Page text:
The novels of the Portuguese Nobel laureate José Saramago are things of intricate beauty and complex truth. Masterpieces such as Blindness and The Year of the Death of Ricardo Reis are labyrinths in which the reader wanders, wonders, and sometimes gets lost. In the middle of his unpunctuated trademark epiphanies, you don't always know which character is talking, and the perspective often switches suddenly from first to third person.
In The Notebook, however, Saramago abjures his elaborate ambiguous art for political analysis written in a style "as clear as water" and a tone of savage indignation. Originally penned three or four times a week for his blog, these short, dated, written-to-the-moment entries chronicle the period from September 2008 to August 2009. It is a history written in blood – Guantánamo, the "senseless acts and crimes perpetuated by Israel" against Palestine, natural disasters in which only the poor seem to suffer, massacres in Chiapas, the "crime against humanity" of the tax-payer-funded bank bailouts... Saramago casts a cold, penetrating eye over it all, though there are times when he flinches at the horror.
Saramago aims to cut through the web of "organized lies" surrounding humanity, and to convince readers by delivering his opinions in a relentless series of unadorned, knock-down prose blows. Having spent his formative years under Salazar's fascist regime, Saramago might be said to have received the perfect training for identifying and lambasting political mendacity. He derides George Bush as the "cowboy who inherited the world" and mistook it "for a herd of cattle"; the philistine who "expelled truth" from political discourse. Berlusconi, meanwhile, is a disingenuous mafioso, a "disease" in Italy's noble blood.
Yet the rot goes much deeper than politics. According to this staunch Marxist, it is the free market that "conditions governments to bring people within its control". Its neo-liberal ideology has permeated everything: our language, our emotions, our thoughts. Universities now obsequiously do its bidding – instead of shaping a cultured, politically-engaged citizenship, they manufacture worker bees focused exclusively on gratifying their self-interest. "Ignorance is expanding in a truly terrifying manner," Saramago thunders, "we are reaching the end of a civilization."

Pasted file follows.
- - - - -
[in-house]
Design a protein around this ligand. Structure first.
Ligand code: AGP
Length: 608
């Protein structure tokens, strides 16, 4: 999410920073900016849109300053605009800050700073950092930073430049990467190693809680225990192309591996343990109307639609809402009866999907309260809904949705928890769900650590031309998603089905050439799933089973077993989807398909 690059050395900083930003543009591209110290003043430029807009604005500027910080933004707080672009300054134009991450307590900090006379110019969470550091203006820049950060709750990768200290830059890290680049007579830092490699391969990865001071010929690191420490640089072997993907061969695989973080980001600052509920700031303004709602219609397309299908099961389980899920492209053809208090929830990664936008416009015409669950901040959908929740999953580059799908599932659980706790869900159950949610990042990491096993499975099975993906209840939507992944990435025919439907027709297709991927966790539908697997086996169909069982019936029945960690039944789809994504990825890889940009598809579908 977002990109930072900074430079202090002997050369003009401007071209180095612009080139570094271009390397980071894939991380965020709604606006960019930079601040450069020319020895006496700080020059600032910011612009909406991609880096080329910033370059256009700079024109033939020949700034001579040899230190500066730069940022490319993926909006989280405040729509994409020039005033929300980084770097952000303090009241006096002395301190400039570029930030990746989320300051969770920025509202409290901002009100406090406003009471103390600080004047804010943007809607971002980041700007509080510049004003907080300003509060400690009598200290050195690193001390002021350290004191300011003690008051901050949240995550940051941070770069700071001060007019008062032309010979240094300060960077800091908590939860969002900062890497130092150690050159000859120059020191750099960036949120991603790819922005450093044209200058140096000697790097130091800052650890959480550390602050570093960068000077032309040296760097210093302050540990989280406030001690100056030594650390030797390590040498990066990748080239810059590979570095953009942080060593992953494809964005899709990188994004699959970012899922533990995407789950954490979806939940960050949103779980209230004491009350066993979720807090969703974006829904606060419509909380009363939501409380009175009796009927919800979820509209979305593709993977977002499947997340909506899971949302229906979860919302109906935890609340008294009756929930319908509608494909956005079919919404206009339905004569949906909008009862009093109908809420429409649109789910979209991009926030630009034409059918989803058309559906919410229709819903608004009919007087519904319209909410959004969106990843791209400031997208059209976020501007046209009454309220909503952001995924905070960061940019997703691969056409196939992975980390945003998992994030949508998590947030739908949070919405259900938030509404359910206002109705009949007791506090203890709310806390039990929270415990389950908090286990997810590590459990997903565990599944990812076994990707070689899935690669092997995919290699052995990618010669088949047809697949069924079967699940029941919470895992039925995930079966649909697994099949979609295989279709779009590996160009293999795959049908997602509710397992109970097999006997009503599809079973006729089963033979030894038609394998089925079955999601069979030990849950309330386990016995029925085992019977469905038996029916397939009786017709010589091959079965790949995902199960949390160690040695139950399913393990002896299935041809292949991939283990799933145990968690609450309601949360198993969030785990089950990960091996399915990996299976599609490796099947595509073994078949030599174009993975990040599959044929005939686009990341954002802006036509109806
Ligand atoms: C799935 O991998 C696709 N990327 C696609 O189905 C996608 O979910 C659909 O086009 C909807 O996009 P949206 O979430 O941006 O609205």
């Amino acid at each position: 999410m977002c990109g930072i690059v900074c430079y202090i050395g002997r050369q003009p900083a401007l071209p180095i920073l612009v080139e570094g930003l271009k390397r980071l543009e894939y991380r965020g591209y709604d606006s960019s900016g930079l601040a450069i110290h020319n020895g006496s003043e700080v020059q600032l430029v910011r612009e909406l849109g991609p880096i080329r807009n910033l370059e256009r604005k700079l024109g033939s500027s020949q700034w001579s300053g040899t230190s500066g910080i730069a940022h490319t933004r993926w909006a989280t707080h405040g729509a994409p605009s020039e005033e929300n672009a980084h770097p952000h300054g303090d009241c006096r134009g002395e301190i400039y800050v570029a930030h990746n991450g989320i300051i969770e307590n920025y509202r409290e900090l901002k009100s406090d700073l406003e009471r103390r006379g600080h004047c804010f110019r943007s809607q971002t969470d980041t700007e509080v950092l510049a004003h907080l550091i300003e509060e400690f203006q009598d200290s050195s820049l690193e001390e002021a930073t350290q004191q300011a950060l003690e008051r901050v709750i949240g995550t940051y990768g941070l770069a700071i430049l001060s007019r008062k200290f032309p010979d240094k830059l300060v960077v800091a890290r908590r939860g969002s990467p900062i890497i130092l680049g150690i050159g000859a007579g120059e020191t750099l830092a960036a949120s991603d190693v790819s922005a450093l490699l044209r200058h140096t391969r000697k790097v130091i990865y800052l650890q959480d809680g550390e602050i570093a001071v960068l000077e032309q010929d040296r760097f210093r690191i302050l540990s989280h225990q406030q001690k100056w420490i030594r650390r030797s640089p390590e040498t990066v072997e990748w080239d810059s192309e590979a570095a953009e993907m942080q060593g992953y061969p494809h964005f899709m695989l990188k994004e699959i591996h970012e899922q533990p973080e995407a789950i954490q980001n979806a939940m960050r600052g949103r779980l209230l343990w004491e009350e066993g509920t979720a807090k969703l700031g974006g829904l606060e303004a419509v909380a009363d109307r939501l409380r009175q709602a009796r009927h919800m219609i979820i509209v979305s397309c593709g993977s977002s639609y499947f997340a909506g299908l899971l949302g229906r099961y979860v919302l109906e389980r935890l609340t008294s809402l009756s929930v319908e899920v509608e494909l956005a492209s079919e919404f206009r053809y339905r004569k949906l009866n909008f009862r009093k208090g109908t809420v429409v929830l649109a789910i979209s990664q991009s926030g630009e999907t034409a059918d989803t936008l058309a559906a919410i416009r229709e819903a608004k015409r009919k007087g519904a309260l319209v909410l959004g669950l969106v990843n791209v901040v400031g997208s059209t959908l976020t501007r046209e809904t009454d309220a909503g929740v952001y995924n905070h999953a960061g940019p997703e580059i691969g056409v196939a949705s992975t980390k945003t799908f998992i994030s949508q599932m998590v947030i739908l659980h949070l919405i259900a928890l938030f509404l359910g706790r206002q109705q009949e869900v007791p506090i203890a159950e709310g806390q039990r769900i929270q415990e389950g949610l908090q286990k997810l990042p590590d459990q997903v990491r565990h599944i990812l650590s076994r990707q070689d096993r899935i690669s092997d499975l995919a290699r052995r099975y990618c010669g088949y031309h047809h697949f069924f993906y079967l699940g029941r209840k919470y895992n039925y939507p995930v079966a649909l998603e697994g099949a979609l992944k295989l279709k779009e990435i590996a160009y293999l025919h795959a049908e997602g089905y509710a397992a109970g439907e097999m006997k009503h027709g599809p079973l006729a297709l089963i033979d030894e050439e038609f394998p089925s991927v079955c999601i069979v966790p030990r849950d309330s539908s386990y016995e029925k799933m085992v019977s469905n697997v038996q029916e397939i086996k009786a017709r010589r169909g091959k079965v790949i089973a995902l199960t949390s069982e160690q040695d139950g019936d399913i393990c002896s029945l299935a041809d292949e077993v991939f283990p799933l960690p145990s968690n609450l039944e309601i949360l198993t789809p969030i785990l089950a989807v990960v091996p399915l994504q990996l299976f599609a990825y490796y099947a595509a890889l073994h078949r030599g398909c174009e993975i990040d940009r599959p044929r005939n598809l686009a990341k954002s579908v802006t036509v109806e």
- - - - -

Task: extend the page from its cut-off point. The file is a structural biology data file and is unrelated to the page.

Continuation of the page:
So far, so very depressing. (It becomes even more so when you think that Saramago is now 87; when he lays down his pen who will replace him?) And yet some hope remains, for, as the saying goes, "where there is power, there is also resistance". Saramago believes that the denuded political landscape may be regenerated by the current recession; surely, he argues, the Humpty Dumpty of world capitalism can't simply be put back together again. The crisis will, at the very least, he thinks, inspire people to read books once more; to ask political and philosophical questions; to protest; to intervene.
A number of reflections on art and literature, along with some travelogue pieces, interleave the bulletins of "news that burns". While these entries are more meditative and subtle, they generally echo, rather than muffle, the strident political commentary. The Notebook will doubtless disappoint Saramago fans who regard him as a sort of Portuguese Borges – aloof, erudite, aesthetic. It will be welcomed, however, by readers who see an intimate (although not necessarily straightforward) relationship between literature and politics. Saramago's trenchant blogging in no way resembles his capacious fiction, yet his novels affirm cultural, aesthetic and moral values utterly at odds with the neo-liberal ethos denounced in The Notebook.
This book is not without blemishes. The abbreviated blog form encourages arguments that are sometimes simplistic, and epigrams that are often elliptical (at least in translation). There are also inevitable repetitions across this anthology. Yet these faults hardly matter: The Notebook is a cogent, stimulating and timely book.